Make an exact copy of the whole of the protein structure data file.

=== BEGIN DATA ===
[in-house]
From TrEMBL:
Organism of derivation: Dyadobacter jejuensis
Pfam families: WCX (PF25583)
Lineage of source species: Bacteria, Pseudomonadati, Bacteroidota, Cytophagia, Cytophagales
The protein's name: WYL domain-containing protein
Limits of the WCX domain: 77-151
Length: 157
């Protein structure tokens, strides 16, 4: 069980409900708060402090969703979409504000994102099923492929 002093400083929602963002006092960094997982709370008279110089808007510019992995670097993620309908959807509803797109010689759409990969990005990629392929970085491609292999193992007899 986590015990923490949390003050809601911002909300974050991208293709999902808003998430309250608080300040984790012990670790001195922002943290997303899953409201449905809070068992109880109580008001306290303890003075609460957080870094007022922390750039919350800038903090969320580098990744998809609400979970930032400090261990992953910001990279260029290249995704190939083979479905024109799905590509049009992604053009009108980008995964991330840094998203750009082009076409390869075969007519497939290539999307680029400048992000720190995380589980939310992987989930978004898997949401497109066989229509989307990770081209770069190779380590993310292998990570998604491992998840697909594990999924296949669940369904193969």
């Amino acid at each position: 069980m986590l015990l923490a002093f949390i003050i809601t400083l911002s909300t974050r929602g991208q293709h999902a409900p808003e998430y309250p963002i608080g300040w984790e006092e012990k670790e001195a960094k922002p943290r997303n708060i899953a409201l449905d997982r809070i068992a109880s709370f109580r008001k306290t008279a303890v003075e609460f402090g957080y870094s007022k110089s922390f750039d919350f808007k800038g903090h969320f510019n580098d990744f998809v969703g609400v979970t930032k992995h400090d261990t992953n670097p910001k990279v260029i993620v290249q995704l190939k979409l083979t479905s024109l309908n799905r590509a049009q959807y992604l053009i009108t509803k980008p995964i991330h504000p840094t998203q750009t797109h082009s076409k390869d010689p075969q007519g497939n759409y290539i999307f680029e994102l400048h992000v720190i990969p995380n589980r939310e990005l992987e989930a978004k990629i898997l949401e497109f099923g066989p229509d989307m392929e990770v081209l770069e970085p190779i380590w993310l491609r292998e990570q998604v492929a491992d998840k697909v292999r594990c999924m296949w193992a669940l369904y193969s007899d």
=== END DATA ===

[in-house]
From TrEMBL:
Organism of derivation: Dyadobacter jejuensis
Pfam families: WCX (PF25583)
Lineage of source species: Bacteria, Pseudomonadati, Bacteroidota, Cytophagia, Cytophagales
The protein's name: WYL domain-containing protein
Limits of the WCX domain: 77-151
Length: 157
């Protein structure tokens, strides 16, 4: 069980409900708060402090969703979409504000994102099923492929 002093400083929602963002006092960094997982709370008279110089808007510019992995670097993620309908959807509803797109010689759409990969990005990629392929970085491609292999193992007899 986590015990923490949390003050809601911002909300974050991208293709999902808003998430309250608080300040984790012990670790001195922002943290997303899953409201449905809070068992109880109580008001306290303890003075609460957080870094007022922390750039919350800038903090969320580098990744998809609400979970930032400090261990992953910001990279260029290249995704190939083979479905024109799905590509049009992604053009009108980008995964991330840094998203750009082009076409390869075969007519497939290539999307680029400048992000720190995380589980939310992987989930978004898997949401497109066989229509989307990770081209770069190779380590993310292998990570998604491992998840697909594990999924296949669940369904193969």
């Amino acid at each position: 069980m986590l015990l923490a002093f949390i003050i809601t400083l911002s909300t974050r929602g991208q293709h999902a409900p808003e998430y309250p963002i608080g300040w984790e006092e012990k670790e001195a960094k922002p943290r997303n708060i899953a409201l449905d997982r809070i068992a109880s709370f109580r008001k306290t008279a303890v003075e609460f402090g957080y870094s007022k110089s922390f750039d919350f808007k800038g903090h969320f510019n580098d990744f998809v969703g609400v979970t930032k992995h400090d261990t992953n670097p910001k990279v260029i993620v290249q995704l190939k979409l083979t479905s024109l309908n799905r590509a049009q959807y992604l053009i009108t509803k980008p995964i991330h504000p840094t998203q750009t797109h082009s076409k390869d010689p075969q007519g497939n759409y290539i999307f680029e994102l400048h992000v720190i990969p995380n589980r939310e990005l992987e989930a978004k990629i898997l949401e497109f099923g066989p229509d989307m392929e990770v081209l770069e970085p190779i380590w993310l491609r292998e990570q998604v492929a491992d998840k697909v292999r594990c999924m296949w193992a669940l369904y193969s007899d």